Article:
But what about...

...wargamers moving to euros? This is the far more common direction of migration given evidence I've seen on the Geek and ConSimWorld. Typical complaints about euros from wargamers don't involve production quality or anything else in the box. The complaints center around the games themselves. "Boring," "dry," and "pointless" are some of the terms I've seen used by wargamers to describe euros. Those comments seem to be in the minority, however, and many (if not most) wargamers are happy to play euros - it's better than not being able to play anything given most peoples' time constraints. Some, however, just can't enjoy themselves if the game doesn't attempt to recreate some conflict in excruciating detail.


As we've seen over the last year or so, there's growing crossover between the euro- and wargaming communities. But the people who primarily count themselves in one group or another have vastly different expectations when it comes to the quality they get when they crack that shrinkwrap. It's something to keep in mind if you're looking to cross that divide.


  • At 11:19 AM, Blogger dave said…

    "Phalanx [is] not really doing anything like Waterloo or A House Divided anymore."

    I saw The First World War at Rainy Day Games the other day. It certainly looked like it was along the same lines, although maybe a bit more streamlined. Also, there was Age of Napoleon.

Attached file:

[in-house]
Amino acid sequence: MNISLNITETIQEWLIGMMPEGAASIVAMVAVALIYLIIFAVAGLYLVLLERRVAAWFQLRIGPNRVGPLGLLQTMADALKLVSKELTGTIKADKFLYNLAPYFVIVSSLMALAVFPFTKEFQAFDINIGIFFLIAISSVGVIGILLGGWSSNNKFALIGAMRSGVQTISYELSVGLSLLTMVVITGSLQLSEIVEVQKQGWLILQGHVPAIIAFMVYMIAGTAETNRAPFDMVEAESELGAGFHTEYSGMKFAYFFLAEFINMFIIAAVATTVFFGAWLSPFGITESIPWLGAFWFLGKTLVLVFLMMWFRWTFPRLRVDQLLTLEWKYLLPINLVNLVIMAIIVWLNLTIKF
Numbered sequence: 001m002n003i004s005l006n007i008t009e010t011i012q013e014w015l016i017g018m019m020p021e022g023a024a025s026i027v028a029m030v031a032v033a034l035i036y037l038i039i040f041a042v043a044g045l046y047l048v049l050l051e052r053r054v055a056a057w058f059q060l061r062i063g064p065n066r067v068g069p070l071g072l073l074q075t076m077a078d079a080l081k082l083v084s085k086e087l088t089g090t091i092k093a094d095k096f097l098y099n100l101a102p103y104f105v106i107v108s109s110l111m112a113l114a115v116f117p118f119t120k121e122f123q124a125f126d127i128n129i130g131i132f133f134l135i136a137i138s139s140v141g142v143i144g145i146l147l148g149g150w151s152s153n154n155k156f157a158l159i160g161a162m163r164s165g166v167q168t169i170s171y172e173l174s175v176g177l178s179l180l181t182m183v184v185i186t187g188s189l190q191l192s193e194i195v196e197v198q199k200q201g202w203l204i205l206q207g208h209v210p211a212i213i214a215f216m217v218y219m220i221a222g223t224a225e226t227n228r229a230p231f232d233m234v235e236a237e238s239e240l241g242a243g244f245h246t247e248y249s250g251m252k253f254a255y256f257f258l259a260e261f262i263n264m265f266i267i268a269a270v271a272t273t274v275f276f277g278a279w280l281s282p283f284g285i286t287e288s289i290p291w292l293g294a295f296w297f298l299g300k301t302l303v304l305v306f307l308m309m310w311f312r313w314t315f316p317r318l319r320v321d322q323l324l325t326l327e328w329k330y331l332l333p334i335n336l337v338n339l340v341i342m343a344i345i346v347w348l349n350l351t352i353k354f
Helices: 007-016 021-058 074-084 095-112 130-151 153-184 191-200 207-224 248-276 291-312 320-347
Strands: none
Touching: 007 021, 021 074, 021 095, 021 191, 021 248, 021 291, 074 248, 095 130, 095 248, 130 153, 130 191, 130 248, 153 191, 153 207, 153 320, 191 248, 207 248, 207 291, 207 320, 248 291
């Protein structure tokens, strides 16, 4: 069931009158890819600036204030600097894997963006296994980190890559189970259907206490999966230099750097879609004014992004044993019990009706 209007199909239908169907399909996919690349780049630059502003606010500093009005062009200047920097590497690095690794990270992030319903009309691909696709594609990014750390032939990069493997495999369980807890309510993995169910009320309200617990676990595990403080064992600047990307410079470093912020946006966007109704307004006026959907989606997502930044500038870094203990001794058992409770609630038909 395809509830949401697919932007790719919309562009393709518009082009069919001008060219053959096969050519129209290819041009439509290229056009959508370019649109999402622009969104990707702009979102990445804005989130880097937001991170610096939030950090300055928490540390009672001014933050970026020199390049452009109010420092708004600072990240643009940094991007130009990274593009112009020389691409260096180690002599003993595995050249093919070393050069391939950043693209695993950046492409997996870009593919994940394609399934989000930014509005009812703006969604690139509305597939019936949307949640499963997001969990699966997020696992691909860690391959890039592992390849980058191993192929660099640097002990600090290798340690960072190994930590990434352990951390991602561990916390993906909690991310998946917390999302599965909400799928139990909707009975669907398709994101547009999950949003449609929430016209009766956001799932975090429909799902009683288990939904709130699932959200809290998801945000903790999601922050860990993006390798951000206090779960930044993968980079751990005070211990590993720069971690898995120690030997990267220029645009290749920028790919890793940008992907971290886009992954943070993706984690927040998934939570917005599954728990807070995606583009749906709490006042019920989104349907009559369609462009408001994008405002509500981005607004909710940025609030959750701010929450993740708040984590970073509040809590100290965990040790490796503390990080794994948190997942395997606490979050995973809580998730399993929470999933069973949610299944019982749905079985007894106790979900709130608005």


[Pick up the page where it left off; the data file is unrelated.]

• At 11:59 AM, Blogger Eric said…

    You know - I forgot about First World War. I guess they are still doing the occasional light wargame. They were definitely moving away from that for quite a while.

    Age of Napoleon was released right about the same time as Waterloo and AHD, so I lump it in with those.

  • At 4:05 PM, Blogger Chris Brooks said…

    I'm not a wargames expert, but I think the reasons might be related to the following:

    * Many wargames are in fact "systems" that get applied over a wide range of scenarios (ASL). Generic systems are harder to design and balance than self-contained games.

    * Most wargames attempt to be simulations so have a fiddliness about them that creates more opportunities for rules weakness. Euro games strive for a degree of simplicity/streamliing that USUALLY leads to more concise rules.

    * Wargame enthusiasts tend to be more critical (rules lawyers) than a typical Euro gamer. They demand errata and clarifications to be formal and blessed by the designer/publisher.